Pictured: a Martian dust devil twisting across the Martian Amazonis Planitia region. The 100-foot-wide column of swirling air was captured by the Mars Reconnaissance Orbiter last month as it passed over the northern hemisphere of Mars.
Unlike an actual tornado, dust devils--which also occur on Earth--are generally spawned on clear days when warm air along the ground begins to spiral as it moves through cooler air above it. They are visible because of the dirt they kick up (hence the name), and against the monotone background Martian soil this massive devil sticks out. It may look tiny in the pic above, but the column towers half a mile high.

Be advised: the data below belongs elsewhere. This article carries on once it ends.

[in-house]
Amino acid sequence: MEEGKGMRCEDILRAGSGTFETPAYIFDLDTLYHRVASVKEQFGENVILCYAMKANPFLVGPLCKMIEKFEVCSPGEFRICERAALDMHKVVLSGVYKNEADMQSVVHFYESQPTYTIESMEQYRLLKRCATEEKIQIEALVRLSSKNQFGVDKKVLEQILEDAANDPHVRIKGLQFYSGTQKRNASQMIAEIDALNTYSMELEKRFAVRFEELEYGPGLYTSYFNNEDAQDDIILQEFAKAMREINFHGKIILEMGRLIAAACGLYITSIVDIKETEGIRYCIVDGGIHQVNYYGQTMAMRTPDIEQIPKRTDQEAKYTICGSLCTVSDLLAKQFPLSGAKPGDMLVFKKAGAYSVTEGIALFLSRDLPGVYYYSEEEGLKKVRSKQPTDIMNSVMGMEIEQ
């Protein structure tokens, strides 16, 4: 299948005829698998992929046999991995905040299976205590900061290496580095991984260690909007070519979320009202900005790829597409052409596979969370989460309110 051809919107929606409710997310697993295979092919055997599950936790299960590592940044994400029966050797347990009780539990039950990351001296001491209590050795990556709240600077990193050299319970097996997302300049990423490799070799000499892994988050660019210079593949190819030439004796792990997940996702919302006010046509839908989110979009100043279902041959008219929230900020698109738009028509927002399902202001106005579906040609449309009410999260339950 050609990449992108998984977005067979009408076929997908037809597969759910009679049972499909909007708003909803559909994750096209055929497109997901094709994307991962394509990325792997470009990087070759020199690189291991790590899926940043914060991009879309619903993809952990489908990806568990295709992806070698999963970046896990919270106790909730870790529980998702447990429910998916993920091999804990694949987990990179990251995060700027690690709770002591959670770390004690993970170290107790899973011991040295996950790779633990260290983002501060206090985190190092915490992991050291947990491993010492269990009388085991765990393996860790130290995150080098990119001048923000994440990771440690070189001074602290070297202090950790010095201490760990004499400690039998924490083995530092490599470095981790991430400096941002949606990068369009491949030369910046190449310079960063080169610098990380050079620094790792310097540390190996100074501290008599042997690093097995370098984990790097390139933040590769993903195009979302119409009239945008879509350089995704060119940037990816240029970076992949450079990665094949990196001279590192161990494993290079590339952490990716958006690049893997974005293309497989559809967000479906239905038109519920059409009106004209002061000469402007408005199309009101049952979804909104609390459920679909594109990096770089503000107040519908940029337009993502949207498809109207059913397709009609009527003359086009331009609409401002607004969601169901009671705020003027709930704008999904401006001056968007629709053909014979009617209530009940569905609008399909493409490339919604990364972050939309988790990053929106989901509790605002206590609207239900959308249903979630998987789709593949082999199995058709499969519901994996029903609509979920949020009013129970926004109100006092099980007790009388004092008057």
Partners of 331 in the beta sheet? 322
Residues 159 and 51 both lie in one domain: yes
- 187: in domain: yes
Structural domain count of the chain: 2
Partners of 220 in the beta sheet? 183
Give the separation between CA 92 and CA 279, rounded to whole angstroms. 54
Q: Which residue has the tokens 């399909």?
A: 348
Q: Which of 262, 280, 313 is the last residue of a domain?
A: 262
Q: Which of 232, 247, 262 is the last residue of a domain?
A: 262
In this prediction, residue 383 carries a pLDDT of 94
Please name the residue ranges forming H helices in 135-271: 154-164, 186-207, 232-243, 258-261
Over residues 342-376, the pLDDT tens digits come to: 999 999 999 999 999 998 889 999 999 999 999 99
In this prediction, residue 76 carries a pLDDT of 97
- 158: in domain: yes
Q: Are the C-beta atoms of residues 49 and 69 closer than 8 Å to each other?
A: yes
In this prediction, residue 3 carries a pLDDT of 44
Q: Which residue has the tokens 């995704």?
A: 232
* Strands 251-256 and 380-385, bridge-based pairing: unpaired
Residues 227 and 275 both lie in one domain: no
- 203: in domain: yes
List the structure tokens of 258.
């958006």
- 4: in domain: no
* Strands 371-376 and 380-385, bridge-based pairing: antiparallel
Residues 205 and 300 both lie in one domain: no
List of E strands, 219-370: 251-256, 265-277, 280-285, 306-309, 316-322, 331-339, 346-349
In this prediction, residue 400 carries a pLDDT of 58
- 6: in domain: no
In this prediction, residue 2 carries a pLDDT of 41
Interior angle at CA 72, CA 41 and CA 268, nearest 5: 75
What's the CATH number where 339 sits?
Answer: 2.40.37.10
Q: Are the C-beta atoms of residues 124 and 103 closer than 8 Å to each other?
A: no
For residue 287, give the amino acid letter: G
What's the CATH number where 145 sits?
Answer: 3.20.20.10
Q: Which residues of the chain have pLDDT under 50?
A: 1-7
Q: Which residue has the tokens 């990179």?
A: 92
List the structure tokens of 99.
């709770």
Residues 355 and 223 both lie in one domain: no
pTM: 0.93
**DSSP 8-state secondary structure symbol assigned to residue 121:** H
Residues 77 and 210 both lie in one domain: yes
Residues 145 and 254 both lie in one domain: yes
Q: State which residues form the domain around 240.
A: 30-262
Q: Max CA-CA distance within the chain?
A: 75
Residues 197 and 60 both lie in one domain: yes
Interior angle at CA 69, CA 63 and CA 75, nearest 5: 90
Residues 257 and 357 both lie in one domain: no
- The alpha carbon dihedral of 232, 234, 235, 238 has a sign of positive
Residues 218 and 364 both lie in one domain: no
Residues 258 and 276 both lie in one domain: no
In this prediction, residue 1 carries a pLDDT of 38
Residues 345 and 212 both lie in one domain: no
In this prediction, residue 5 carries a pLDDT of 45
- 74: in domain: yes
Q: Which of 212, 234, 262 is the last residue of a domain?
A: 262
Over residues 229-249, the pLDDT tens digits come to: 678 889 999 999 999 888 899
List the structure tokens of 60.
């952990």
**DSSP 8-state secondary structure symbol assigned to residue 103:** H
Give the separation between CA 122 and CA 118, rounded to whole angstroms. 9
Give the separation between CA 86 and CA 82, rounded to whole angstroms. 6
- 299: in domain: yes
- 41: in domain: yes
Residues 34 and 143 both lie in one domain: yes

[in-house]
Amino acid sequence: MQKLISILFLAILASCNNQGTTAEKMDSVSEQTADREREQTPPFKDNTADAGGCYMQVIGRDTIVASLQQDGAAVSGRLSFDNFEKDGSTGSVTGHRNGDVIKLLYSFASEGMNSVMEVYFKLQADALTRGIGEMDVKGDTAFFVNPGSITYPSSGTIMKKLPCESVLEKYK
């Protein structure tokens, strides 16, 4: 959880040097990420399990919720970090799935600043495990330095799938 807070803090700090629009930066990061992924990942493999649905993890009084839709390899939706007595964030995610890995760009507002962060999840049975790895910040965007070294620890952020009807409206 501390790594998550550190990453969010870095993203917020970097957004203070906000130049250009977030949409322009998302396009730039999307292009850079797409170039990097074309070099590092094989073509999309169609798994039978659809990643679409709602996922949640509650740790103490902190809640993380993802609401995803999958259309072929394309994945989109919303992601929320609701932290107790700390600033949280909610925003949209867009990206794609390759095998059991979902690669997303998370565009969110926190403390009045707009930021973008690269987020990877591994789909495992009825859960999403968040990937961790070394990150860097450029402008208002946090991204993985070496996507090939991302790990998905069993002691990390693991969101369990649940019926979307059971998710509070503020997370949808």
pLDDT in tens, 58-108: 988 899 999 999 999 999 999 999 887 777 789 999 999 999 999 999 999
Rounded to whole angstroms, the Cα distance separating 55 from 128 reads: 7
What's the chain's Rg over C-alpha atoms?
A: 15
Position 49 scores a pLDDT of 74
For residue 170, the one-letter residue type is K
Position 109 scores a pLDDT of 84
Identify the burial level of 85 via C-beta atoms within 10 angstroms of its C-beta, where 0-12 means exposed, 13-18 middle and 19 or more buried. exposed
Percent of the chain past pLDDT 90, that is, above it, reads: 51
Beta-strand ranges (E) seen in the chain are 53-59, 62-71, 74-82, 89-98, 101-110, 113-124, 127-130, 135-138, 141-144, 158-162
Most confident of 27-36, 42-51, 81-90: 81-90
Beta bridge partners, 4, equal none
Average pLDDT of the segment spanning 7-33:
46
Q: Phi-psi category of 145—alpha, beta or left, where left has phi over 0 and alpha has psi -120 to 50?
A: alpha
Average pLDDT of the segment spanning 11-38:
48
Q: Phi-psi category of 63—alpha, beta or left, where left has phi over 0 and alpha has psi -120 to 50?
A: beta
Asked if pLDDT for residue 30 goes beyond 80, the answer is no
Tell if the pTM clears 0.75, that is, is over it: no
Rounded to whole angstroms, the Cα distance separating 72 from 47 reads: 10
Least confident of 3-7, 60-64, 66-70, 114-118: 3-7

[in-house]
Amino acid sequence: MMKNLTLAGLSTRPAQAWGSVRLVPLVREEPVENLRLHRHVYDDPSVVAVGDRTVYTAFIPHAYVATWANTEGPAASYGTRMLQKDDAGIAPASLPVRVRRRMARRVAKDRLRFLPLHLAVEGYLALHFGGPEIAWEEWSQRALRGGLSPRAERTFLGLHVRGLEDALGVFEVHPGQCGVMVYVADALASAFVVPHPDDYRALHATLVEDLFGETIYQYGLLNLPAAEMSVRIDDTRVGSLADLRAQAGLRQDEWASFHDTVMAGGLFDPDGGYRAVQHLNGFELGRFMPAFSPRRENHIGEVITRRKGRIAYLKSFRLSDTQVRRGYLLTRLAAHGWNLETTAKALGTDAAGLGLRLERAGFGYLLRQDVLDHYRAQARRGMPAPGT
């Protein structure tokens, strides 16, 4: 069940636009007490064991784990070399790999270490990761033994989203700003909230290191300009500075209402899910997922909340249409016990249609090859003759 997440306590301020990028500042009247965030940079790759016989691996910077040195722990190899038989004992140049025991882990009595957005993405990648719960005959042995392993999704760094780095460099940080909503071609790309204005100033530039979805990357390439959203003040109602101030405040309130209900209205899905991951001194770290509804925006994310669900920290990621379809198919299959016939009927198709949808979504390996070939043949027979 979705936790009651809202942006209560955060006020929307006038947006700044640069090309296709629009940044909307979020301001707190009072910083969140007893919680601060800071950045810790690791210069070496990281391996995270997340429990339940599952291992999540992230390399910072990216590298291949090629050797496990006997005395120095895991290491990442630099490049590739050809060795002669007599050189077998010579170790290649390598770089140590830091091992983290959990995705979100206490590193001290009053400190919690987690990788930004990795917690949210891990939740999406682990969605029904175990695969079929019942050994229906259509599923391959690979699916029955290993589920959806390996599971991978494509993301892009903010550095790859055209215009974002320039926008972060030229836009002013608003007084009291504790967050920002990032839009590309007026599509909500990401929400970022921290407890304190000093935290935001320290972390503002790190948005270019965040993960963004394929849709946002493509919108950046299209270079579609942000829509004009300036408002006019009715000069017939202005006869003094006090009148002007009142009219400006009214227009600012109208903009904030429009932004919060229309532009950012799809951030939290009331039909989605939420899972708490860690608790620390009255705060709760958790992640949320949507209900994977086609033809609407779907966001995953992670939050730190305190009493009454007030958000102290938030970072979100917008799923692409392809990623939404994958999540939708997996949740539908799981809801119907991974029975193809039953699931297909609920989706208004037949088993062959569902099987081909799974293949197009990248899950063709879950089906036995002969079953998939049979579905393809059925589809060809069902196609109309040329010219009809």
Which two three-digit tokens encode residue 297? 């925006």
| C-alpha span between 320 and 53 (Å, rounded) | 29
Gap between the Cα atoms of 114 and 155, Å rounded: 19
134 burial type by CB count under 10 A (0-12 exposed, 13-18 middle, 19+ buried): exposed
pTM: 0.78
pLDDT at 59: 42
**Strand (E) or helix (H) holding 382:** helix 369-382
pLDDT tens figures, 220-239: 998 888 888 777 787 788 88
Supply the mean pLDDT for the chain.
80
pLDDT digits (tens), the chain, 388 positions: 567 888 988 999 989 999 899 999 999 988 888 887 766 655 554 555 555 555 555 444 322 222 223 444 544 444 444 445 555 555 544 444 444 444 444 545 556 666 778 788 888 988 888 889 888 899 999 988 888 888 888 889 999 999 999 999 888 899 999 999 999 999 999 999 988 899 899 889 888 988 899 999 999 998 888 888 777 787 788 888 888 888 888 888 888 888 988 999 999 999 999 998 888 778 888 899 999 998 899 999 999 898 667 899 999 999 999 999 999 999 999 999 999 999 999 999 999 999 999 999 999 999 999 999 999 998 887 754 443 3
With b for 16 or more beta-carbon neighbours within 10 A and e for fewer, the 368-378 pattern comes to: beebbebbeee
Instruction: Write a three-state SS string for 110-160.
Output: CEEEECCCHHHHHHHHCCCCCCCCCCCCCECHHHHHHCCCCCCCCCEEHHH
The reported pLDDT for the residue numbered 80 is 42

Just another day at the office for the NASA’s Mars orbiter, which has been in service since 2006. Fun fact: though it is the youngest Mars orbiter flight to date, SPACE reports that it has delivered more data back home to Earth than all other interplanetary missions combined. When you’re recording that much imagery, you’re bound to get an amazing shot like this one every once in a while.
Five amazing, clean technologies that will set us free, in this month's energy-focused issue. Also: how to build a better bomb detector, the robotic toys that are raising your children, a human catapult, the world's smallest arcade, and much more.